This and That

Random bits of my life

A Closer Look at Peppercorns

Posted by Avital Pinnick on January 10, 2011


I don’t have a macro lens. I used my cheap, white-box, made-in-China, no-name extension tubes. Because there’s no electronic connection between the body and the lens, the focus is manual and you’re kind of stuck with the aperture (= very shallow depth of field) unless you use a workaround. (I blogged about the aperture workaround in another posting, Setting Aperture with Macro Extension Tubes.)

If you don’t mind spending a lot more money, you can get Kenko extension tubes. I didn’t have the cash at the time, so I bought a really cheap set that, at the time, was only available from Now I see that they’re also available in the US, so here they are: the $12 Fotodiox Canon extension tubes (you can get them with a Nikon mount).

So if you want to try macros but are still saving up for a decent lens, extension tubes are a cheap thrill. Don’t expect the same performance as the more expensive tubes, though. There are no electronic connections in these tubes (hence, no autofocus or aperture control), they feel cheap, and you need to fit them carefully to your lens and body. They do join securely but you have to make sure that they’re fully coupled before you put your camera on the tripod or you may see your favourite lens in pieces on the floor. There are absolutely no instructions. The tubes come in three lengths with a body mount ring and a lens mount ring.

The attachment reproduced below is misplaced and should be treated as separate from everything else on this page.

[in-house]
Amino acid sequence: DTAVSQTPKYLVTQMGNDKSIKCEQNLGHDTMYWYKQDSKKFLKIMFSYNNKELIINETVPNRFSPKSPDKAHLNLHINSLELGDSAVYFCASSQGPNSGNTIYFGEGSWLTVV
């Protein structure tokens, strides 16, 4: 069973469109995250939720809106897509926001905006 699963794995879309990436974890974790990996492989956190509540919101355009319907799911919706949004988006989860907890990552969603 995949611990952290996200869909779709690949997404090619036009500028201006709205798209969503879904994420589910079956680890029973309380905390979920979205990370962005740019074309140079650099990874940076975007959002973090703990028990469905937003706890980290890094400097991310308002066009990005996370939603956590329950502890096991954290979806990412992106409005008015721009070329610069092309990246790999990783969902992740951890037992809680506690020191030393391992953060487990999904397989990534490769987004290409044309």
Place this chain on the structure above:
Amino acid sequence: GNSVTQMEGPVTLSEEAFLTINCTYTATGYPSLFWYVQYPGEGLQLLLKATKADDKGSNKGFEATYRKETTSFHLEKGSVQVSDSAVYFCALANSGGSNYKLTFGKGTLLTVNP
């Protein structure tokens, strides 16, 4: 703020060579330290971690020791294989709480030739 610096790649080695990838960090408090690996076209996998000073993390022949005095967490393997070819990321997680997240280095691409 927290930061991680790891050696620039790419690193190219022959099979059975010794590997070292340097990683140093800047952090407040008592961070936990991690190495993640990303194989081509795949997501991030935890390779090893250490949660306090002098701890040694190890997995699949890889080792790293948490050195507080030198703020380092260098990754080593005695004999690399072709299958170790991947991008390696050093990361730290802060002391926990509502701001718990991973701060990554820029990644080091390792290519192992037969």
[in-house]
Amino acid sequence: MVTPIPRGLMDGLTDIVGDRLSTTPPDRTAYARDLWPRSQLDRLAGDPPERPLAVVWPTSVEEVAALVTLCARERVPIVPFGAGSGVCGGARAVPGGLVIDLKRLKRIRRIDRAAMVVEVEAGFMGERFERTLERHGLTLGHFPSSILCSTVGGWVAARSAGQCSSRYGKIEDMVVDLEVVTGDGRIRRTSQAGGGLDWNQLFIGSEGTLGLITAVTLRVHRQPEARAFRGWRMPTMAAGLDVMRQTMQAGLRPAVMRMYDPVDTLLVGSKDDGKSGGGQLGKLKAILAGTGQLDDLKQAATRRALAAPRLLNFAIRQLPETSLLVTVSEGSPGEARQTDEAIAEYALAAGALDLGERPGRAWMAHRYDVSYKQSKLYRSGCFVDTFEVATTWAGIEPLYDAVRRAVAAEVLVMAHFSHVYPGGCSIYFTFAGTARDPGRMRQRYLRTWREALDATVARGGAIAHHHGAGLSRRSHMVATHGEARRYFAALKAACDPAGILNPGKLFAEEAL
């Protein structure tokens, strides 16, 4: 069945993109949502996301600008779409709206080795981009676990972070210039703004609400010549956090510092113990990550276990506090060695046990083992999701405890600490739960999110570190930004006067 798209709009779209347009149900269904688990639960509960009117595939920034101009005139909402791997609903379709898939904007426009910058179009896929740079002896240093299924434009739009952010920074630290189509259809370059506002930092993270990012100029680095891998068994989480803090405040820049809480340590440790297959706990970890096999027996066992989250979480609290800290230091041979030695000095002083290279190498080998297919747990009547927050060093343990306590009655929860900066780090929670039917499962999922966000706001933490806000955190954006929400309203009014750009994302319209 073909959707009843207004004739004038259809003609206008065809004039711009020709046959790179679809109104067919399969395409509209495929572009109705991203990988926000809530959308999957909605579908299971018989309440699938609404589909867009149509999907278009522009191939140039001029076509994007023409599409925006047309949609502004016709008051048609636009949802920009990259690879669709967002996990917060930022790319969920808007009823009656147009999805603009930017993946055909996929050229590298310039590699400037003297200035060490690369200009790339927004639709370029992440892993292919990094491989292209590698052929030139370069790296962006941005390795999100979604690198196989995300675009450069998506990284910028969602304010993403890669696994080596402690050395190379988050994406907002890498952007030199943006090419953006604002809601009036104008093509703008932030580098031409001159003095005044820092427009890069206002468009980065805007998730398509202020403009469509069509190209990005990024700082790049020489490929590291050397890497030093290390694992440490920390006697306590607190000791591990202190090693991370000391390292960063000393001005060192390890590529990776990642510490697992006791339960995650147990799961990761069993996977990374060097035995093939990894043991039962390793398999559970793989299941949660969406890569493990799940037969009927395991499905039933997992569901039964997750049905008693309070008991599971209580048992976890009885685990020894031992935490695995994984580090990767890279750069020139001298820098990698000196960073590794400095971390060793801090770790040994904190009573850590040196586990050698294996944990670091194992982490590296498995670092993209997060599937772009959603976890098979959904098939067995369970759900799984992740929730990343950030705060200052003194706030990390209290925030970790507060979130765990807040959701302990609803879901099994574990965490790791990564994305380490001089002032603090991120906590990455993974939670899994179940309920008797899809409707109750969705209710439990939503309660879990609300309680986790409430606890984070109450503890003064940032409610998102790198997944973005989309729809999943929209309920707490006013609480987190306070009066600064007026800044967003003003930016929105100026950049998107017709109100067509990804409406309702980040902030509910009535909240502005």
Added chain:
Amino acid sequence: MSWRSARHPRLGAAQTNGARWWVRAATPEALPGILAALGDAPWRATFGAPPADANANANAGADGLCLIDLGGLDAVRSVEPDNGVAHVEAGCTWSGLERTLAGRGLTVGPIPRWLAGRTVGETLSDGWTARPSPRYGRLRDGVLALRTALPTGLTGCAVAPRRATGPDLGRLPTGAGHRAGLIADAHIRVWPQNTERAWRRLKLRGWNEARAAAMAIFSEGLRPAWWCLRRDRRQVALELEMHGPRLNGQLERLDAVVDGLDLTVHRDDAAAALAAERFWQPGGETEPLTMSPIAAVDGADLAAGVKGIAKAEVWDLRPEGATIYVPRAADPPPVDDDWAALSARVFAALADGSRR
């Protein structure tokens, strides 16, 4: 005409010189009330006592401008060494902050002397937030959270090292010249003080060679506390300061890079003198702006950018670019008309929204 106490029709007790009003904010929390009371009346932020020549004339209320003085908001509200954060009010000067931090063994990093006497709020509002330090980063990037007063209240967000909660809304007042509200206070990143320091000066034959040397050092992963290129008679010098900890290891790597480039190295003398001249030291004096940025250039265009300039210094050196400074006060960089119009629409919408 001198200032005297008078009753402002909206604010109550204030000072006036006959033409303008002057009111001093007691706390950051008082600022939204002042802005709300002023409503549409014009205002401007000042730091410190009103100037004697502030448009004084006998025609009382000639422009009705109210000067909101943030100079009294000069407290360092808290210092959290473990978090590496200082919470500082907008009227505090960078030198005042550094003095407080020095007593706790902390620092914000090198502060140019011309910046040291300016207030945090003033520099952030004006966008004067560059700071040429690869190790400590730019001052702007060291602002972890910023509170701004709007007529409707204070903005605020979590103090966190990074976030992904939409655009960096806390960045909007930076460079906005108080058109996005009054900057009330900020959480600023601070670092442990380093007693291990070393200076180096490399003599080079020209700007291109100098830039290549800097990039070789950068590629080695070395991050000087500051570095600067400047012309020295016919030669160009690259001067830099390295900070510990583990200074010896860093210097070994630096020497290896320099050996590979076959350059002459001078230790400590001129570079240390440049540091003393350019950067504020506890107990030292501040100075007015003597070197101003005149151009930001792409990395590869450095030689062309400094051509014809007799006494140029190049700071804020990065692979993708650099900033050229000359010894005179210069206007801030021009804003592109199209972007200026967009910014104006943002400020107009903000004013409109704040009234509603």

I also wanted to pass on a couple tips if you’re using extension rings. Use a good table-top tripod. I have a $29 Slik Mini Pro V. It will hold a camera with a long lens, as long as you point the lens over one of the legs so that it doesn’t topple over.

The second tip is, if your camera has a live preview function (i.e., if your DSLR can be set to show a preview of the shot on the LED screen and zoom in), use it for the manual focus. My eyesight isn’t reliable enough to focus this finely, so I find the zoom very useful. Even if you never use your live preview, look in your manual to see whether your camera has this feature, and give it a try the next time you’re faced with a fiddly manual focusing job.

I set up this shot by pouring a teaspoon of peppercorns onto a white ceramic plate and lighting it with a fluorescent desk lamp. My aging Canon Rebel XSi (450D) with a Canon EF-S 18-135mm f/3.5-5.6 IS zoom lens was set up about 2 feet from the subject. ISO 100, 2 second self-timer.

Getting this shot was easier than I expected and a lot of fun.

2 Responses to “A Closer Look at Peppercorns”

  1. pam said

    I have never been this up close and personal to a peppercorn before this moment! Beautiful, aren’t they?

    I love the shot!

    My sweetie is trying to figure out how to photograph some of our mineral specimens – many of the crystal lined pockets are no bigger than these peppercorns! Extension tubes may be the answer as the macro 105 isn’t quite cutting it. Thank you!

  2. Definitely with you on the manual focus and zooming in on the live view, as it’s probably the best choice with macro… You’ve done amazing with your budget extension tubes, and it just goes to prove it’s not all about price..

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